Now, life has risks. If I step outside, I could be struck by lightning, drowned by a rogue tidal wave, or eaten by a starving dinosaur. Again, you don't have to sign any sort of liability form before you exit your house; the consent to risking these dangers are all implied. Of course, should someone take action and harm you, that's against the law. Following that train of thought, it's implied one does not consent to being stabbed, or robbed.

On to gambling. When I talk about gambling, I'm not talking about horse races, or casinos, or those scratch card games. I'm talking about "social gambling", as it's called under the law. "Social gambling" is essentially getting together with friends (usually in the privacy of one's home), pulling out a deck of cards, or whathaveyou, and putting some cash at stake. That sort of gambling is illegal in 22 states, fined in another, and regulated to $10 stake/person in another. (Though how they regulate that is beyond me, as well as how states uphold such laws in the first place.)

Why is this illegal? When you decide to play some poker with friends, you willingly give up the stake, ante, or bet. Nobody is pointing a gun to your head (one should hope); you're there of your own volition, and if you lose money, it was your choice of your own will to give it up. The government has no laws against throwing money off a cliff (Laws concerning defacing/destroying currency only involve intent for fraud.), so why have laws against social gambling?

The government's a busybody. I imagine I sound quite snooty saying (typing?) this, but it's none of the government's business what you do with your money, so long as it does not harm anyone else, or their property. The only argument for the regulation/illegality of gambling is its addictive qualities. This raises a few more questions. First, is it the government's position to make sure you don't do stupid things which harms only you? Everybody gambling in a social environment has already agreed to the circumstances - it is the government's place to run in full throttle and yell "SCREW YOU I'M NOT IMPACTED BY THIS AND ALL OF YOU CONSENT BUT YOU CAN'T DO IT ANYWAYS!" (Alright, maybe a family could get hurt, but one would think social gambling among friends wouldn't go that far. The family bit is still a legitimate argument.) Second, why is World of Warcraft legal?

Interestingly (unlike the rest of the topics I'll discuss this week), the Christian bible has nothing to say about gambling, or at least not directly.

Sunday, April 17, 2011

Illegal? Why?

There are plenty of idiotic laws out there, probably (hopefully!) a relic of times gone by. But to this day, there are still prominent laws which crack down on things which do not hurt anyone (except perhaps the doer). Why should we, as a society, have laws concerning things which do no harm to others?

I guess I should start with what I think laws are for. Laws are how the government maintains the order of society. They prevents people from killing someone because they feel like it (or at least punishes them duly) and give a reason not to break contracts, or make life for someone else miserable.

As a general statement, people should be free to do what they like. But as Oliver Wendell Holmes Jr. (A supreme court member in the early 1900's) said, "The right to swing my fist ends where the other man's nose begins." Or, in other words, so long as your actions do not harm the property or body of another person, you can do it. I believe laws should uphold this - they should deter people from harming property which is not theirs, nor other people. That may be accomplished by putting a punishment on the act itself, or on intending to perform such an act. There may be other cases, but those are the only two which come to mind.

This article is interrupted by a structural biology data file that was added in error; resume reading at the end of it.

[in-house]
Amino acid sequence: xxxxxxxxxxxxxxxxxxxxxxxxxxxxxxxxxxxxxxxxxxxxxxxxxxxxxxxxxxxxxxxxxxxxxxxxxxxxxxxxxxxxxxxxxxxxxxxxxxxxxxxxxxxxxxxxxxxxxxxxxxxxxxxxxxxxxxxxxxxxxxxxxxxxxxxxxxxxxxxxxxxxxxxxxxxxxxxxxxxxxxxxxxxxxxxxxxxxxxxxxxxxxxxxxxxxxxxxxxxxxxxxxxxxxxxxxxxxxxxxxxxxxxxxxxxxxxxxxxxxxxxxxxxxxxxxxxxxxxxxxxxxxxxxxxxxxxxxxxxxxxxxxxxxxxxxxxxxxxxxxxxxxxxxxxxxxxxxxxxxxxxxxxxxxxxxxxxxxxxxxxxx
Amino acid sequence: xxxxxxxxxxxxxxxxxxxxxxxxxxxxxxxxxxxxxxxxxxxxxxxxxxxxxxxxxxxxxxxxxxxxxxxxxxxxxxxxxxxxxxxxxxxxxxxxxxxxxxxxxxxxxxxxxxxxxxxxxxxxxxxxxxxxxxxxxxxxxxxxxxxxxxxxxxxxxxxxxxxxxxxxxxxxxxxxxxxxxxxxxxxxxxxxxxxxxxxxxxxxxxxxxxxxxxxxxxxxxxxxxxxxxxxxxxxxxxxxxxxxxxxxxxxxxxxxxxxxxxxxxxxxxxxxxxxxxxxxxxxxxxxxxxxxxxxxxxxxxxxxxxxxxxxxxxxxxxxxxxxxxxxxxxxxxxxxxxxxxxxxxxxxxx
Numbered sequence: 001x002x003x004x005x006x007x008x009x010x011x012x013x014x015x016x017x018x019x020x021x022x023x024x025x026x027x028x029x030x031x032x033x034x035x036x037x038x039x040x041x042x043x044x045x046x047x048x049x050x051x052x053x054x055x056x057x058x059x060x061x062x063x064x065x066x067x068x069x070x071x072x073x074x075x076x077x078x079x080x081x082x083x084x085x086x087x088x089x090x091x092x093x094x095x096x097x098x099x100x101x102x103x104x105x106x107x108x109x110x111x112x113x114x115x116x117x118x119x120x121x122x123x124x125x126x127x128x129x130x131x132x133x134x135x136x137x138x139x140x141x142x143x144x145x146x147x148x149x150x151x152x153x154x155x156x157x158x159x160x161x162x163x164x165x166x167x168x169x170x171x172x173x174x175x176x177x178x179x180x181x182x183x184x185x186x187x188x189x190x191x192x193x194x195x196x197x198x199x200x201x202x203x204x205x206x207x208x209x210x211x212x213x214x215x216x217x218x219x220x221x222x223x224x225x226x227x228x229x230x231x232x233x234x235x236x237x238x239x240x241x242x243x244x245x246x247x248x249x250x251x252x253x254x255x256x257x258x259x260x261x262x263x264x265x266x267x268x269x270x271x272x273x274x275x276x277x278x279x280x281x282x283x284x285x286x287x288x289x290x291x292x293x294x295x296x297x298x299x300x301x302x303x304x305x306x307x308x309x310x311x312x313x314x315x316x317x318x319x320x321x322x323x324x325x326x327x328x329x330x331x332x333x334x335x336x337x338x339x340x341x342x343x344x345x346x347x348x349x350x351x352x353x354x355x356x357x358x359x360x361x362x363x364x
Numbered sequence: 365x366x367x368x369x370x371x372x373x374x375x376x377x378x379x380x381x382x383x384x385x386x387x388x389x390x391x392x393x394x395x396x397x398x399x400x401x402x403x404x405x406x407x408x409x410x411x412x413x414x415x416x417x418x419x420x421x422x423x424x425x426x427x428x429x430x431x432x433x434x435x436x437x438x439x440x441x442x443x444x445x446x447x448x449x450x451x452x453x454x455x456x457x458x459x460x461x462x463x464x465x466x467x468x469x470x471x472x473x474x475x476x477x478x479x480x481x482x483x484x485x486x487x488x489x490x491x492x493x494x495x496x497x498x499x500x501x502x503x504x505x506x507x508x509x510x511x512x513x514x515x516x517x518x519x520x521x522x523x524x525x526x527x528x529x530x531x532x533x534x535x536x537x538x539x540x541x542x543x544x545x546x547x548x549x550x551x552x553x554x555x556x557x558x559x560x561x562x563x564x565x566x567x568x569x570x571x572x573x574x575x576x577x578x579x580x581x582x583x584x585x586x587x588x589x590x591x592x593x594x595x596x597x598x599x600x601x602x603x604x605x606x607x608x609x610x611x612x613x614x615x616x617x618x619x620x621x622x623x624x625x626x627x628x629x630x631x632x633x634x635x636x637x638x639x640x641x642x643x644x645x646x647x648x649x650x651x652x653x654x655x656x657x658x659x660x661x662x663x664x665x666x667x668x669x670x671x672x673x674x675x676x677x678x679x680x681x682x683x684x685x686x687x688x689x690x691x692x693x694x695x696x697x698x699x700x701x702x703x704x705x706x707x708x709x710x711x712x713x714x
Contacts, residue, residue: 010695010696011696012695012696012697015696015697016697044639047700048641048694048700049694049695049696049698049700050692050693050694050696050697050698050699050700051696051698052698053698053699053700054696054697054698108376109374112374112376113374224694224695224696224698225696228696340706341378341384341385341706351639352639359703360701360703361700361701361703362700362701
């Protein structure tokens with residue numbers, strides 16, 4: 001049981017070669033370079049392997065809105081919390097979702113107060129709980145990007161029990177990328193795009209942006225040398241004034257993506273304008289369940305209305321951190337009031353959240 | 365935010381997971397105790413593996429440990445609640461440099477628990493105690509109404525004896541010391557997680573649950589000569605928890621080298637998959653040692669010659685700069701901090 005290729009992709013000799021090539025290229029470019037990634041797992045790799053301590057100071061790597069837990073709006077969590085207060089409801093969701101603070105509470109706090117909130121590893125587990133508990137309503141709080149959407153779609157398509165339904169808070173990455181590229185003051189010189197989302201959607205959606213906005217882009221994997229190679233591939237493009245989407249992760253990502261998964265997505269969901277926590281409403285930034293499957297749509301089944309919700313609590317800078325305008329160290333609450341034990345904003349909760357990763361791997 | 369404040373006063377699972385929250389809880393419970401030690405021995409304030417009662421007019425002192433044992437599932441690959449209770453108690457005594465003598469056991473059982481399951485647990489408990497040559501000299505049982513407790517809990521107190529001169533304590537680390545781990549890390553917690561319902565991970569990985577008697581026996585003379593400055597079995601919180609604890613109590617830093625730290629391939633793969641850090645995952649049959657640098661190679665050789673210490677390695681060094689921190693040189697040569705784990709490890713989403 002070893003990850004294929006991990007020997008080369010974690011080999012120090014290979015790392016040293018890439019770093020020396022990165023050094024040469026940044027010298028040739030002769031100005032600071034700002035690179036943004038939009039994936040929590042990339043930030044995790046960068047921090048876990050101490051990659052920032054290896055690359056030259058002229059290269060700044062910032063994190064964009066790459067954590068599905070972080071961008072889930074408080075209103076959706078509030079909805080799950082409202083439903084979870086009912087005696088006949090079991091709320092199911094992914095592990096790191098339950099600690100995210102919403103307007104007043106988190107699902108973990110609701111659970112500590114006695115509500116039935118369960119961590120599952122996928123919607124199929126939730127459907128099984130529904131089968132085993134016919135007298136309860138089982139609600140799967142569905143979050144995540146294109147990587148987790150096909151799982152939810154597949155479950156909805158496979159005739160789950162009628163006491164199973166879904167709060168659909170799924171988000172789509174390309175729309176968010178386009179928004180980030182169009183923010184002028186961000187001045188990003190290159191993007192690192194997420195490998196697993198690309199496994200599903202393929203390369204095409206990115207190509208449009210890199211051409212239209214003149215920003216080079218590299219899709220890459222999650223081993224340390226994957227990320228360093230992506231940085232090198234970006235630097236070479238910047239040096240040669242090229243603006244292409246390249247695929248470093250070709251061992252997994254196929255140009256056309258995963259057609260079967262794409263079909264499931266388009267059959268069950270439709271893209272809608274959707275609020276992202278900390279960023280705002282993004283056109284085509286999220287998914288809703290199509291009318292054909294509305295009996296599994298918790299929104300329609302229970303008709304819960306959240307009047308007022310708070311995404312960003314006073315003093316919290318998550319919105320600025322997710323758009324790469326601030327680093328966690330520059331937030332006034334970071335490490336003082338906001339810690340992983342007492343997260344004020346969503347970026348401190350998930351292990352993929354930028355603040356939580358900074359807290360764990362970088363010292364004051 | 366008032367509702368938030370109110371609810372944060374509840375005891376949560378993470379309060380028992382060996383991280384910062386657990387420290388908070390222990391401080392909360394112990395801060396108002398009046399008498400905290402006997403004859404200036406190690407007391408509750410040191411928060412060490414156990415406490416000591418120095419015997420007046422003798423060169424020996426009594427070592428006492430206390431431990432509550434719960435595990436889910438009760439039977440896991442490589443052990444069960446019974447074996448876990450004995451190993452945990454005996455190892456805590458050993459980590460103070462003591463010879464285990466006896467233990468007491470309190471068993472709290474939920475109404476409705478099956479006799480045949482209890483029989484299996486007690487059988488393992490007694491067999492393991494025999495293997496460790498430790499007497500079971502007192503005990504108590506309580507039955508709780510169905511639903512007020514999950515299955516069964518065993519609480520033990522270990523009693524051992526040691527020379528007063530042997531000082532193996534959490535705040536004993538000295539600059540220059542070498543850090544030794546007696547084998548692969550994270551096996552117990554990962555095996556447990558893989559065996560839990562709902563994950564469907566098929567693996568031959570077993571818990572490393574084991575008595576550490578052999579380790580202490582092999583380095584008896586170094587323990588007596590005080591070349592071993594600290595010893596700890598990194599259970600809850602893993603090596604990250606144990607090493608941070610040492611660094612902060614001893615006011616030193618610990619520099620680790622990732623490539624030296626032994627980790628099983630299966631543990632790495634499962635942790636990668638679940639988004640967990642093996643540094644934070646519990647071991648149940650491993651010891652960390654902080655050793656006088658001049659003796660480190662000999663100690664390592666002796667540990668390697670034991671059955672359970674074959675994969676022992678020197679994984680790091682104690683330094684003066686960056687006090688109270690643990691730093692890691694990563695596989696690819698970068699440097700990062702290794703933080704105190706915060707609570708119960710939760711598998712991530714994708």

Examples of punishing an act are easy - murder, arson, theft, abuse are among acts punishable by law. Others, such as drunk driving, also go here. They are all acts which have a direct victim - the person, or person whose property has been hurt/destroyed/wounded/maimed (or in the case of murder, killed).

Examples of punishing intent are also easy to think of - intent to kill, intent to steal, etc. Generally these are most easily spotted on people with a record of performing the act in question, but are generally harder to spot. (And if police didn't have telepathy, damn, they'd be uncatchable!) Stalking may seem like it would fit under this category, but it's legally put under harassment, which makes sense, when you think about it.

Anyways, what about laws which don't fit under either of these categories? Like making gambling illegal? Or those which make polygamy, pot/other drugs (The distribution of such drugs to minors, however, should be illegal), prostitution, and adultery (I'm looking at you, Michigan and Wisconsin) all illegal? (Oh, and suicide has legal ramifications as well.)

I will note now that I do not necessarily advocate any of these things, but merely their decriminalization, as it makes no sense for them to be criminal activities.

Through this week, I'll be posting about these things, why they shouldn't be against the law, why other things (like flamethrowers, not getting your children immunizations, being a CEO of a company which screws up the economy) should be illegal or regulated.

Just to map out this week, here's the list of topics I'll go through:
Consent, implied consent, and gambling
Relations, sexual or otherwise (polygamy & adultery)
Drug laws (and why their inconsistency/lack of effectiveness makes them moot)
Control over one's body (suicide)
Busybodies and how religion factors in
Some things which should be illegal, or regulated.

Hopefully, this will get me back in the regular habit of posting again.

Monday, April 4, 2011

Vote For No-one!

This election season, fill out your ballot for no-one!

Now, there are plenty of viable choices for office this year, but I'll tell you why you should vote for no-one. When you vote for no-one, no matter who wins the election, you can complain about how they do. If no-one wins, that's even better - you get anarchy, and anarchy rules!

Here are a few more reasons to vote for no-one. No-one will give you tax cuts if victorious. No-one will fulfill all  campaign promises made. No-one will give you, personally, a million dollars! No-one knows how to get out of Afghanistan! No-one will speak to you honestly. And above all, no-one has no ulterior motives. No-one is not power-hungry at all!

So fill out your ballot for no-one. A vote for no-one is a vote for apathy!

Friday, April 1, 2011

I tried...

I tried to write a post about fundies, and so forth, but I couldn't bring myself to publish. I'll have something up later on.

I suppose you could call the lack of fundie post an April Fools?